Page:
It is never good when you run out of address labels. I mean, who wants to take the time to write out the return address on each envelope, NOT ME! So today it is time to remedy this problem by making our own.
I know what you're thinking, I can easily make these with the Avery software or VistaPrint. You are correct, however, it is super easy to make custom address labels using your cameo machine! Did I mention a few sheets of address labels make super awesome gifts too! Who doesn't like getting stickers in the mail?!?! I digress...
This is another print and cut project, I promise the more of these you do the better you become. Start by making a rectangle that is 1.75 inches wide and 0.5 inches tall (feel free to use any size you like, according to google this is one of the standard sizes).
Next, browse through your designs and find one that suits your needs. Click and drag the design onto your artboard. Resize to fit inside the rectangle. I made my design .35 inches tall and used the aspect ratio lock to keep it proportional.
Type up the name and address, choose a legible font and pick a good fill color. Depending on the font, you will not necessarily need a line color (choose the gray xx if not wanting a line color).
Get everything centered and looking pretty inside the rectangle. Group the pieces so everything stays in place. Make sure those registration marks are on and fill up the page. I like to use the replicate tool for this because the fill page button leaves a lot of dead space that I prefer to fill with prettiness. Keep in mind any part of the design that is in the gray xx area or outside of the registration marks will not be cut out.
Once everything is squared away, print the page, or 2 or 3 or however many. The key is to not make any more changes to the design once it has been printed. Now you're ready for cutting.
Place the printed paper on the cutting mat to look exactly like the screen. Get that solid square mark on the upper left side of the cutting mat so the machine doesn't freak out. Check your cut settings, you can make a test cut in the gray xx area if needed.
Now the moment of truth, send the design to the cameo. If it fails to read the registration marks you'll need to manually get the read. Here is how to get it done: Once you receive an error message on the cameo machine, go back to the computer. Next to the test cut will be arrows and the option to click manual or auto registration. Choose manual. Use the arrow keys to place the laser over the square registration mark in the top left corner. I find it easier to look from the side while you try to eyeball this distance. I start by moving the paper up one or 2 arrow keys then to the right until the laser is over the square. Once you're happy with the position hit send. Be warned this make take a few tries, so be patient.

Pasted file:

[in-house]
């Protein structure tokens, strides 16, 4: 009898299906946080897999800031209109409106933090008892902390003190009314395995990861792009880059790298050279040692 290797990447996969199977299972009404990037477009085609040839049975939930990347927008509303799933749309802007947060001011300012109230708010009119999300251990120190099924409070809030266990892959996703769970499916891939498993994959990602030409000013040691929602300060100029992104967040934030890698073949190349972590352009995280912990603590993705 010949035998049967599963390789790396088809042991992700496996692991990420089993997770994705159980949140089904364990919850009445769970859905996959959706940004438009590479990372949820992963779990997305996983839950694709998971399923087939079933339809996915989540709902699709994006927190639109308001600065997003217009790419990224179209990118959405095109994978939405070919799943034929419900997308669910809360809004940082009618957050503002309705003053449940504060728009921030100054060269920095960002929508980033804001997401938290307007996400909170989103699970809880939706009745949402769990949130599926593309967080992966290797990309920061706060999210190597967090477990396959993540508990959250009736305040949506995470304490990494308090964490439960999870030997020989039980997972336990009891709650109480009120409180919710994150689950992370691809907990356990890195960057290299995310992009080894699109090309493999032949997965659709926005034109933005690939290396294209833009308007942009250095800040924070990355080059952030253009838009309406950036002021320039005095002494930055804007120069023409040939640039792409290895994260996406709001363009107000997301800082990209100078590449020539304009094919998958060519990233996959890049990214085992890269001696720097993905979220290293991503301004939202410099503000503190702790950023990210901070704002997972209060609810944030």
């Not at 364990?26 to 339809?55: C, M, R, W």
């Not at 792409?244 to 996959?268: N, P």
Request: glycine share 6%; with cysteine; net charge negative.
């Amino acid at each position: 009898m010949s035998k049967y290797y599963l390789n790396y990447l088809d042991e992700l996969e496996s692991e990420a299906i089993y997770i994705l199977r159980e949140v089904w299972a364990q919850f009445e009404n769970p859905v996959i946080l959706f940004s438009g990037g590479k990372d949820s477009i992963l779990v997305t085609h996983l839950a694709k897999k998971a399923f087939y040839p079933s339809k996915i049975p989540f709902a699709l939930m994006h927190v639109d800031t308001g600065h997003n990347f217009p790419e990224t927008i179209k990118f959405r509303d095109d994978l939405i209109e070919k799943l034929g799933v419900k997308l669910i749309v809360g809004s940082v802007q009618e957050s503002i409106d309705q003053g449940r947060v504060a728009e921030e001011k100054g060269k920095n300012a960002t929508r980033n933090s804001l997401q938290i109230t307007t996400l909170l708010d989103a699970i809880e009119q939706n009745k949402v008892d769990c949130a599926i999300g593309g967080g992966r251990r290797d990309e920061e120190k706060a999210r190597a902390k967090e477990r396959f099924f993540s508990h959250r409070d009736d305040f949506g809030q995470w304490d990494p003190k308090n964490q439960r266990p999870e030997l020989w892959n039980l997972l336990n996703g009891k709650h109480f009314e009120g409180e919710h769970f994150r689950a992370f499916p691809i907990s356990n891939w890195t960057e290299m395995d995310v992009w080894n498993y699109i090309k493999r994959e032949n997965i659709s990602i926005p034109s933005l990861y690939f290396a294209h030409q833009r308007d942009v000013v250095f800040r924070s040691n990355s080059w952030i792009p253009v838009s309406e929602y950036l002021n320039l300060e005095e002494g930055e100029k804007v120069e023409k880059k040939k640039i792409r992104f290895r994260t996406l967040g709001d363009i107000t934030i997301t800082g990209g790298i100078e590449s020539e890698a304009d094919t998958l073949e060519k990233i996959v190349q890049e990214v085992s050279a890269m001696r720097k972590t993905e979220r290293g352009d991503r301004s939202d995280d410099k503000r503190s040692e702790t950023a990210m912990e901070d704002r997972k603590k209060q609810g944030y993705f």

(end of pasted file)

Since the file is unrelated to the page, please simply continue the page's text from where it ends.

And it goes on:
When the machine is happy with reading the square it will move down to the bottom left corner and then to the top right corner. Don't be fooled, I've had it do all of this and then fail. Fingers crossed you'll get it on the first try! Anyway, after all the registration marks are read and the machine is happy it will automatically start cutting. Yay, this is the point in time you get to smile! I feel like I need to say this if after all this trouble your cut lines are not in the correct spots you may need to check that your firmware and software are up to date and try again :(
If everything goes well, you've got yourself some super custom address labels you can be proud of making. To get extra crazy, put a different address in each box and make the labels a bit larger, and use them to send out your Christmas cards, or invitations.
If you don't feel like reading all the text check out this video that will walk you through the process.
Happy Silhouetting! Until next time...
Please note: this post may contain affiliate links to products I use. When you purchase items from these links, I make a small commission that helps fund craft projects I share with you. This does NOT cost you anything extra, but it is a great way to show your appreciation for Crafty Christie's Creations Blog.